If you need to run the aggregation against values that aren’t indexed, use a runtime field. For example, if our load times are in milliseconds but you want percentiles calculated in seconds:

```response = client.search(
index: 'latency',
body: {
size: 0,
runtime_mappings: {
type: 'long',
script: {
params: {
"timeUnit": 1000
}
}
}
},
aggregations: {
percentiles: {
}
}
}
}
)
puts response```
```GET latency/_search
{
"size": 0,
"runtime_mappings": {
"type": "long",
"script": {
"params": {
"timeUnit": 1000
}
}
}
},
"aggs": {
"percentiles": {
}
}
}
}```

### Percentiles are (usually) approximateedit

There are many different algorithms to calculate percentiles. The naive implementation simply stores all the values in a sorted array. To find the 50th percentile, you simply find the value that is at `my_array[count(my_array) * 0.5]`.

Clearly, the naive implementation does not scale — the sorted array grows linearly with the number of values in your dataset. To calculate percentiles across potentially billions of values in an Elasticsearch cluster, approximate percentiles are calculated.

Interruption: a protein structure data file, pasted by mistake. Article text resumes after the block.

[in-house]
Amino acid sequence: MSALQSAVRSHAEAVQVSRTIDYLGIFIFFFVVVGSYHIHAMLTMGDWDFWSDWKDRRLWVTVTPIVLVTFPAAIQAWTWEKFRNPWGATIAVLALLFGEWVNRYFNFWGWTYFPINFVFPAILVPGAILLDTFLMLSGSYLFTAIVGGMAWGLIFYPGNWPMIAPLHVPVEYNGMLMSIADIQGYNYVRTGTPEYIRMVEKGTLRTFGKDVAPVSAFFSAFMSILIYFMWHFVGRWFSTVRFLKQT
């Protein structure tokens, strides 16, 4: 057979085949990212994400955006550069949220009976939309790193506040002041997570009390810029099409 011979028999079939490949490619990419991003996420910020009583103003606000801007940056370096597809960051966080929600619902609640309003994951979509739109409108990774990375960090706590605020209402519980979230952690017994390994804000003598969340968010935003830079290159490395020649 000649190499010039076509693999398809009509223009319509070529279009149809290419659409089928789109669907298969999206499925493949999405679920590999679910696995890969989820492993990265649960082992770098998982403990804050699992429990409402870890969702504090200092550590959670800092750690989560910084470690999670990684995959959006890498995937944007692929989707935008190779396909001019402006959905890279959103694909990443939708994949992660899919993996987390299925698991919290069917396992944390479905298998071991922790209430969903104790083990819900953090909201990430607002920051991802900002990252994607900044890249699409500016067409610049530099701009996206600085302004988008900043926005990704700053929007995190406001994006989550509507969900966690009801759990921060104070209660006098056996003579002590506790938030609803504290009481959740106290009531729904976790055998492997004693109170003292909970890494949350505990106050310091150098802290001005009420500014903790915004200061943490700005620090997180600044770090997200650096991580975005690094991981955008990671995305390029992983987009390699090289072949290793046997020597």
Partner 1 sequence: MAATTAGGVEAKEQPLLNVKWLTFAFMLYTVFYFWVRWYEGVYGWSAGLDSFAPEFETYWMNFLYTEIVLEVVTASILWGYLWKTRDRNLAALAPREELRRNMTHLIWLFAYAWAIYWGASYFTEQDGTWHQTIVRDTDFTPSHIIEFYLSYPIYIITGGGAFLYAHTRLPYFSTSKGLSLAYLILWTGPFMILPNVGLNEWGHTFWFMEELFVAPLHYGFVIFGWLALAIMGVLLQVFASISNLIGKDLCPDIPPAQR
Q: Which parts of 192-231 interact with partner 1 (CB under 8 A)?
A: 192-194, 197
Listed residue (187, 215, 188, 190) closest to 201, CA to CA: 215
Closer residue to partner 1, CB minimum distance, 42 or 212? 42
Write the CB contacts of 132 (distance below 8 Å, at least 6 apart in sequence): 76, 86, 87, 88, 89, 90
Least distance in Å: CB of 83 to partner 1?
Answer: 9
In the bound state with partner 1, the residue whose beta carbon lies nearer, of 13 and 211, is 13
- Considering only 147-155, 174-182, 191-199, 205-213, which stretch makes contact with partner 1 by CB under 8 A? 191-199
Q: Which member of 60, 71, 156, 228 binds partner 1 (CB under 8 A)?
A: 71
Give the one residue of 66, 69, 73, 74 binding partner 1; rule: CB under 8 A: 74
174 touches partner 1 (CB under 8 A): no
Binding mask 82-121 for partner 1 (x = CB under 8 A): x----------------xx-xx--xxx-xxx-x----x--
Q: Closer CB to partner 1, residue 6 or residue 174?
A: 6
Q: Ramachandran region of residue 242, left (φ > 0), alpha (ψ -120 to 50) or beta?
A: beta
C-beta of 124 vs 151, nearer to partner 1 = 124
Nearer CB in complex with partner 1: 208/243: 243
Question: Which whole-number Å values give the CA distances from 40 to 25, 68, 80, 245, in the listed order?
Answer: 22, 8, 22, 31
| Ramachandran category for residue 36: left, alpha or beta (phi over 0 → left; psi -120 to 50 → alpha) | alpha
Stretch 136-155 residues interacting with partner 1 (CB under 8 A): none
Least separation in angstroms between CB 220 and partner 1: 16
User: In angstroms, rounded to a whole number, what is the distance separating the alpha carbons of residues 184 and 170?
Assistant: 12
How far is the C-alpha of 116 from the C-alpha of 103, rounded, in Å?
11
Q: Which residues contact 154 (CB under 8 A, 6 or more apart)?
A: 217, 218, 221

The algorithm used by the `percentile` metric is called TDigest (introduced by Ted Dunning in Computing Accurate Quantiles using T-Digests).

When using this metric, there are a few guidelines to keep in mind:

• Accuracy is proportional to `q(1-q)`. This means that extreme percentiles (e.g. 99%) are more accurate than less extreme percentiles, such as the median
• For small sets of values, percentiles are highly accurate (and potentially 100% accurate if the data is small enough).